How do Sutton's observations about chromosomes support the chromosome theory of inheritance?

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In 1902, Walter Sutton recognized that the way genes behaved during the production of gametes in peas, was identical to the way chromosomes behaved during meiosis. Among his observations were:

  • Genes and chromosomes are both found in pairs.
  • The alleles of a gene are distributed equally in gametes. Homologous chromosomes are also distributed equally in gametes.
  • Genes and chromosome pairs both act independently.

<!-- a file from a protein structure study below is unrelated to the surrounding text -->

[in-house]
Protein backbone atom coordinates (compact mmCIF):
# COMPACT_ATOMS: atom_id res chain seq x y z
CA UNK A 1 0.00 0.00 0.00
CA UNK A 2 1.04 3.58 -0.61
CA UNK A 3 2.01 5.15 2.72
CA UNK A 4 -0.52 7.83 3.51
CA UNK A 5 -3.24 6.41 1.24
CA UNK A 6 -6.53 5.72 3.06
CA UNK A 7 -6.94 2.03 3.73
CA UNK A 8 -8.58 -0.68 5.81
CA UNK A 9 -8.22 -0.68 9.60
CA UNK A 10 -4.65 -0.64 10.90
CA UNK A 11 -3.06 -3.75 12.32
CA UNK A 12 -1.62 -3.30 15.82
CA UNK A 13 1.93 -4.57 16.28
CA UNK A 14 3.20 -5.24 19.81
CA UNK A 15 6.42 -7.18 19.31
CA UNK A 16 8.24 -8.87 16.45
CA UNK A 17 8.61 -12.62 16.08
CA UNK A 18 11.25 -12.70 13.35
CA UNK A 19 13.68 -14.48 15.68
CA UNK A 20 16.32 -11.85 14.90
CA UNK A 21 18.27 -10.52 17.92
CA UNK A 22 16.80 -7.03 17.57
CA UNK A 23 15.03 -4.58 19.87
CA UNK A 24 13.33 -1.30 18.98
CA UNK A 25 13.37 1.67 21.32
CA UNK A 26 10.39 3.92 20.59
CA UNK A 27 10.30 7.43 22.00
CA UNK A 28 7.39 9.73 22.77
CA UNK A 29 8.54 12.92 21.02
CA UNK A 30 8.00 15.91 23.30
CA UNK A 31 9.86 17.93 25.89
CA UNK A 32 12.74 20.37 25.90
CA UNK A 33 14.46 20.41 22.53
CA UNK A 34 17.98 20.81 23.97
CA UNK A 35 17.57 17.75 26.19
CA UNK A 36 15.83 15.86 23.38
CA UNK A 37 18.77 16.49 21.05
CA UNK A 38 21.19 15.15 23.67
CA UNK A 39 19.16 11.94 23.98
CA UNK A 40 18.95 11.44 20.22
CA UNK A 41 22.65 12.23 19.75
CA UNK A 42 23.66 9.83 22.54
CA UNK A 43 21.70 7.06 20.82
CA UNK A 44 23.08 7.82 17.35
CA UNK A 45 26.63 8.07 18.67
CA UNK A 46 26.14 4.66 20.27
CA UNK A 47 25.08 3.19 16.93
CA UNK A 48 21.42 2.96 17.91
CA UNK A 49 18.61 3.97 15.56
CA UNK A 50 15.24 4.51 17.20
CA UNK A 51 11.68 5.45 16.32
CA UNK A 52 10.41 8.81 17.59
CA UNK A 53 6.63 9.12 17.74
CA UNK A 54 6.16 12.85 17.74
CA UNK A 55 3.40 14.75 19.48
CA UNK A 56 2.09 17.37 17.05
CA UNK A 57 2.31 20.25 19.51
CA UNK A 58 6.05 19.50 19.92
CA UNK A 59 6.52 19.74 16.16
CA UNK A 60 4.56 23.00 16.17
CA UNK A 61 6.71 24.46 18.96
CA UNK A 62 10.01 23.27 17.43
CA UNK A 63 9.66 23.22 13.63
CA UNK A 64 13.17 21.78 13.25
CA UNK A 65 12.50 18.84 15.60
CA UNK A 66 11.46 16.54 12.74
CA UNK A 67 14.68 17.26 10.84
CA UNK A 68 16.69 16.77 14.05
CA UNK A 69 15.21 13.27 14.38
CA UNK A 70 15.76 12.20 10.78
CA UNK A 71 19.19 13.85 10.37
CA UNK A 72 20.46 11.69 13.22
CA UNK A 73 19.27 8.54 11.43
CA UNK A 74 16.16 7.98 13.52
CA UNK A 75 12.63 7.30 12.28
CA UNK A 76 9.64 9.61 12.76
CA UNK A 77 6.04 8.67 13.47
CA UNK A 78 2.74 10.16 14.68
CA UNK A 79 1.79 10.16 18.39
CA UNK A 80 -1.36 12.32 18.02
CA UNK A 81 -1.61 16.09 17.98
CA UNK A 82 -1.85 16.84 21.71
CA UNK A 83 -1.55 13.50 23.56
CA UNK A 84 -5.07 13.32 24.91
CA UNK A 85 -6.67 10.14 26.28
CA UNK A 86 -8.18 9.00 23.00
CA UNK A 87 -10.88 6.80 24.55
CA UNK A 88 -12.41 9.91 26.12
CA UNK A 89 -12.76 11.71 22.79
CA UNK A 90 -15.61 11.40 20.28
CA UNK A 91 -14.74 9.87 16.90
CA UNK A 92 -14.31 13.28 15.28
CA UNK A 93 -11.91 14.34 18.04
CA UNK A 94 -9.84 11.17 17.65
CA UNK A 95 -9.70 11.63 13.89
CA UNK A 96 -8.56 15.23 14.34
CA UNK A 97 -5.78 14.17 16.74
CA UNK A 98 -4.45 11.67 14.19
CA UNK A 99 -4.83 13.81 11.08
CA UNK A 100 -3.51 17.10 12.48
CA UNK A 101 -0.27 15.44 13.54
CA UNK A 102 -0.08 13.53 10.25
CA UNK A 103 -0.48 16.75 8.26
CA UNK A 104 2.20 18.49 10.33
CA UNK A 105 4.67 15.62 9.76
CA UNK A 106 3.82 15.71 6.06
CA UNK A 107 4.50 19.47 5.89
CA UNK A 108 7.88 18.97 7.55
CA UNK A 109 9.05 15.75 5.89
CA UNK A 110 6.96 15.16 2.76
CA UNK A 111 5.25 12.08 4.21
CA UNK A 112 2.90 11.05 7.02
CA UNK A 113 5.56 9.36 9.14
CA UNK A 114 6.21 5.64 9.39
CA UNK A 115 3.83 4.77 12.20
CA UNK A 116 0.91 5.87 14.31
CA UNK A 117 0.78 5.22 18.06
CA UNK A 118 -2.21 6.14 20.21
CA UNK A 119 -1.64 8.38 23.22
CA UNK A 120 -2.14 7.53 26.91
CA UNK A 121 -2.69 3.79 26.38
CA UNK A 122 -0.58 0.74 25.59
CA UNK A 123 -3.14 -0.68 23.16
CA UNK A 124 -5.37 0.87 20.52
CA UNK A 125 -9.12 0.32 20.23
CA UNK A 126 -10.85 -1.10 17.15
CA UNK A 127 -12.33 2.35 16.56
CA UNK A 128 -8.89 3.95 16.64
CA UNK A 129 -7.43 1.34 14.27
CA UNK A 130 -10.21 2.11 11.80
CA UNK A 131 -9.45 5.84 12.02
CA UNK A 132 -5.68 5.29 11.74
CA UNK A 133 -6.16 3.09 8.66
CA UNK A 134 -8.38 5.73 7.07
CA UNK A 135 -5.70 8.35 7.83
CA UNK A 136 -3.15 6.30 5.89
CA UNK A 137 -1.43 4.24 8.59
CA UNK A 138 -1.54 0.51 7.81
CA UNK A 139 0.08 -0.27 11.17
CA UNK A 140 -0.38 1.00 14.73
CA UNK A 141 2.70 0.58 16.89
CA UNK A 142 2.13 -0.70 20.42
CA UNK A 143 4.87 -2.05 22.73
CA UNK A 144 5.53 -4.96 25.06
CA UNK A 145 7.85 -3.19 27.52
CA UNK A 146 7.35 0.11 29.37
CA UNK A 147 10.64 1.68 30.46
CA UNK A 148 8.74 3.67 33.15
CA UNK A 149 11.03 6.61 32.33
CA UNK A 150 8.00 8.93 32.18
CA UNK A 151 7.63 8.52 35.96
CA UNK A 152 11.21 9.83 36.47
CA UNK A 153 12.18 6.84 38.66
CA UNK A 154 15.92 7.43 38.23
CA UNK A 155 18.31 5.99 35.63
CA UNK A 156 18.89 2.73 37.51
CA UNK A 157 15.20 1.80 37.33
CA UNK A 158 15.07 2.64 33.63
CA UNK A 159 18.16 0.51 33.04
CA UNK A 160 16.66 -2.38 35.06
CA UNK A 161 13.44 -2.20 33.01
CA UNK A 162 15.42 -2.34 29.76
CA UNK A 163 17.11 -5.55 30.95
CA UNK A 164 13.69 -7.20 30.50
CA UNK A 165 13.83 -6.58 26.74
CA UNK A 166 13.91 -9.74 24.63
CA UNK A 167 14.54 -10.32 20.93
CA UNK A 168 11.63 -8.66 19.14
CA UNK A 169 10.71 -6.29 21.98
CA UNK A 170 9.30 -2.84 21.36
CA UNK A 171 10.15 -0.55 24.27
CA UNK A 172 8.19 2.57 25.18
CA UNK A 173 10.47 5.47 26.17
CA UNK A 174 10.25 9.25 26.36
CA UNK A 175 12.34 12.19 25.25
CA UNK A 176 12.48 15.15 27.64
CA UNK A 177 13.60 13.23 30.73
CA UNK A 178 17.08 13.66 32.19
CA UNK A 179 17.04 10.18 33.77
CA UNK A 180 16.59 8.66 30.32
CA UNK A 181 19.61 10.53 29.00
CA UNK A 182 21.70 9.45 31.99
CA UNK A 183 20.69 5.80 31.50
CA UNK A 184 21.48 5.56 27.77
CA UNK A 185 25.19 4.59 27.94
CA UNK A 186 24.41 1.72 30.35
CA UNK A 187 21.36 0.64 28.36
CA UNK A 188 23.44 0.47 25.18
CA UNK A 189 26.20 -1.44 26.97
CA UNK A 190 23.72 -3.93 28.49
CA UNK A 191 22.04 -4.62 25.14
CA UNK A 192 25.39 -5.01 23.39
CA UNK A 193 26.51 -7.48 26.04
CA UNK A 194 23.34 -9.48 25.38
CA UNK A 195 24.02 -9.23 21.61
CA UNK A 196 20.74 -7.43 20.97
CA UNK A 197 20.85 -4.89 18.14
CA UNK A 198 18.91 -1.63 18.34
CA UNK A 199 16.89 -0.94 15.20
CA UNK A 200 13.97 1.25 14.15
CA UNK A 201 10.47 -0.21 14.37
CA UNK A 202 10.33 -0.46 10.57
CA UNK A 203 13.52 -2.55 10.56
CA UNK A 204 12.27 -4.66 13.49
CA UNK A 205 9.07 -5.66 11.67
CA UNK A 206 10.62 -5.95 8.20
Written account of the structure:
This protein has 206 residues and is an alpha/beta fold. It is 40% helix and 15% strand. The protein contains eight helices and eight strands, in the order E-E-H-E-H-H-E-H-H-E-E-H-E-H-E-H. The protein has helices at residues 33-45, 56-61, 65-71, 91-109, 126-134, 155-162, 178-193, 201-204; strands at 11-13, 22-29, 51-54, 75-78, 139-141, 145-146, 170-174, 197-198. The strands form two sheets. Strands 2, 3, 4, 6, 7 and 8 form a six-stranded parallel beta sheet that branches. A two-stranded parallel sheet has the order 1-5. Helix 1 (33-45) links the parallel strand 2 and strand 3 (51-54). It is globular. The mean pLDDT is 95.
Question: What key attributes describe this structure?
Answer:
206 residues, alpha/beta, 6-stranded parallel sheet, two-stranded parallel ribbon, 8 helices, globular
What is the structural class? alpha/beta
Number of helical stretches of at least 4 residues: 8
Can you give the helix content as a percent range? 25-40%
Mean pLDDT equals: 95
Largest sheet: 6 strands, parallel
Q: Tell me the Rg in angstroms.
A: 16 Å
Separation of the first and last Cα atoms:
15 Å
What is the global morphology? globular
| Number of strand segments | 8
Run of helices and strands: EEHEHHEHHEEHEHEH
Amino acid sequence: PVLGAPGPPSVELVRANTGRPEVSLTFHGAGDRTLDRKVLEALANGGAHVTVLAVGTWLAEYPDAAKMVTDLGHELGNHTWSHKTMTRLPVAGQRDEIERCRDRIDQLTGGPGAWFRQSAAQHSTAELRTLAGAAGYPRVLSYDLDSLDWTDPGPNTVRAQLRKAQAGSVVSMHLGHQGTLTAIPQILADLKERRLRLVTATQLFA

These observations led Sutton to theorize that genes are actually located on chromosomes. Numerous studies by others in subsequent years provided further supporting evidence that genes are located on chromosomes. Finally, genetic studies on fruit flies provided convincing evidence that chromosomes carry genes. Sutton's observations were the basis for the chromosome theory of inheritance. The chromosome theory of inheritance states that chromosomes are composed of linear sequences of genes. 

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